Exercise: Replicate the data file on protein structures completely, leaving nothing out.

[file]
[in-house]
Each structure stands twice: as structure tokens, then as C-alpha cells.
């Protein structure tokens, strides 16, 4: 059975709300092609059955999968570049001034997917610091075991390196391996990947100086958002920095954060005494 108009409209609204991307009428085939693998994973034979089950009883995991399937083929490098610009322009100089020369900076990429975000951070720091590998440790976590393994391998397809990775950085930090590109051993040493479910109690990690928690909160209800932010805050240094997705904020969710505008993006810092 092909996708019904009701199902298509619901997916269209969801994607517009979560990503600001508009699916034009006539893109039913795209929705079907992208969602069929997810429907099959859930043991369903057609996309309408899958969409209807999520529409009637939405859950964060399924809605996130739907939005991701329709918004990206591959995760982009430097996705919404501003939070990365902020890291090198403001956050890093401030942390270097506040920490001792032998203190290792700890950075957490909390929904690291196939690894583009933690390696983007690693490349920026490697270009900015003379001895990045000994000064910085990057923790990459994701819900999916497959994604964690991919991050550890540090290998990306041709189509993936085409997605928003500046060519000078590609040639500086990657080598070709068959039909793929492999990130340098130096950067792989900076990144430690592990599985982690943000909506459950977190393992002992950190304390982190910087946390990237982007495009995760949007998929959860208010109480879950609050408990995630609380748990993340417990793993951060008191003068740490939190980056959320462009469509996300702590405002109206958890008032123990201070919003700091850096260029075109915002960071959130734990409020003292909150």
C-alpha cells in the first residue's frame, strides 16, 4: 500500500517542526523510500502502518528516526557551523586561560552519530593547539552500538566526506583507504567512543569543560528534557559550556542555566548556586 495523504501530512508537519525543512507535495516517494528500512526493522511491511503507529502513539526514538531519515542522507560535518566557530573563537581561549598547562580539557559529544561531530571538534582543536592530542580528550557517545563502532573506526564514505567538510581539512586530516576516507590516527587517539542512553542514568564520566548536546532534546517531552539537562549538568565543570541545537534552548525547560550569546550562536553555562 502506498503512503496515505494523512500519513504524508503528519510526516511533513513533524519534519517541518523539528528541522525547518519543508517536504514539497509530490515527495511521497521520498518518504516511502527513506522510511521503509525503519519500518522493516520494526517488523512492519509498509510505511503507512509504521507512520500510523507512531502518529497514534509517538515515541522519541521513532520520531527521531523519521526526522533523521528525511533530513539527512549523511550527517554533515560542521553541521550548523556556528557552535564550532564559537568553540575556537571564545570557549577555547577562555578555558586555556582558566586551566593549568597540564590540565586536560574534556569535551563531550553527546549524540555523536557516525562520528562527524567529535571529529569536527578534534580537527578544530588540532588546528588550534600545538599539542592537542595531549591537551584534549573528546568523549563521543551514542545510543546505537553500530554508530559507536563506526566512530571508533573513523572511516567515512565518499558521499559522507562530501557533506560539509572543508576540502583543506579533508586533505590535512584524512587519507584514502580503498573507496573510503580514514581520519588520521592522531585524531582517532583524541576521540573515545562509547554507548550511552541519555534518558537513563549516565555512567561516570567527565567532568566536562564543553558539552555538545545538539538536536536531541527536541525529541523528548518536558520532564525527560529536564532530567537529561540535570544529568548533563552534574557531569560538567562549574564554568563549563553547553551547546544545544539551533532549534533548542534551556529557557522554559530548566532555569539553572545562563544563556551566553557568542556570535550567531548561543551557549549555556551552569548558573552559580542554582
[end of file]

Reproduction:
[in-house]
Each structure stands twice: as structure tokens, then as C-alpha cells.
């Protein structure tokens, strides 16, 4: 059975709300092609059955999968570049001034997917610091075991390196391996990947100086958002920095954060005494 108009409209609204991307009428085939693998994973034979089950009883995991399937083929490098610009322009100089020369900076990429975000951070720091590998440790976590393994391998397809990775950085930090590109051993040493479910109690990690928690909160209800932010805050240094997705904020969710505008993006810092 092909996708019904009701199902298509619901997916269209969801994607517009979560990503600001508009699916034009006539893109039913795209929705079907992208969602069929997810429907099959859930043991369903057609996309309408899958969409209807999520529409009637939405859950964060399924809605996130739907939005991701329709918004990206591959995760982009430097996705919404501003939070990365902020890291090198403001956050890093401030942390270097506040920490001792032998203190290792700890950075957490909390929904690291196939690894583009933690390696983007690693490349920026490697270009900015003379001895990045000994000064910085990057923790990459994701819900999916497959994604964690991919991050550890540090290998990306041709189509993936085409997605928003500046060519000078590609040639500086990657080598070709068959039909793929492999990130340098130096950067792989900076990144430690592990599985982690943000909506459950977190393992002992950190304390982190910087946390990237982007495009995760949007998929959860208010109480879950609050408990995630609380748990993340417990793993951060008191003068740490939190980056959320462009469509996300702590405002109206958890008032123990201070919003700091850096260029075109915002960071959130734990409020003292909150």
C-alpha cells in the first residue's frame, strides 16, 4: 500500500517542526523510500502502518528516526557551523586561560552519530593547539552500538566526506583507504567512543569543560528534557559550556542555566548556586 495523504501530512508537519525543512507535495516517494528500512526493522511491511503507529502513539526514538531519515542522507560535518566557530573563537581561549598547562580539557559529544561531530571538534582543536592530542580528550557517545563502532573506526564514505567538510581539512586530516576516507590516527587517539542512553542514568564520566548536546532534546517531552539537562549538568565543570541545537534552548525547560550569546550562536553555562 502506498503512503496515505494523512500519513504524508503528519510526516511533513513533524519534519517541518523539528528541522525547518519543508517536504514539497509530490515527495511521497521520498518518504516511502527513506522510511521503509525503519519500518522493516520494526517488523512492519509498509510505511503507512509504521507512520500510523507512531502518529497514534509517538515515541522519541521513532520520531527521531523519521526526522533523521528525511533530513539527512549523511550527517554533515560542521553541521550548523556556528557552535564550532564559537568553540575556537571564545570557549577555547577562555578555558586555556582558566586551566593549568597540564590540565586536560574534556569535551563531550553527546549524540555523536557516525562520528562527524567529535571529529569536527578534534580537527578544530588540532588546528588550534600545538599539542592537542595531549591537551584534549573528546568523549563521543551514542545510543546505537553500530554508530559507536563506526566512530571508533573513523572511516567515512565518499558521499559522507562530501557533506560539509572543508576540502583543506579533508586533505590535512584524512587519507584514502580503498573507496573510503580514514581520519588520521592522531585524531582517532583524541576521540573515545562509547554507548550511552541519555534518558537513563549516565555512567561516570567527565567532568566536562564543553558539552555538545545538539538536536536531541527536541525529541523528548518536558520532564525527560529536564532530567537529561540535570544529568548533563552534574557531569560538567562549574564554568563549563553547553551547546544545544539551533532549534533548542534551556529557557522554559530548566532555569539553572545562563544563556551566553557568542556570535550567531548561543551557549549555556551552569548558573552559580542554582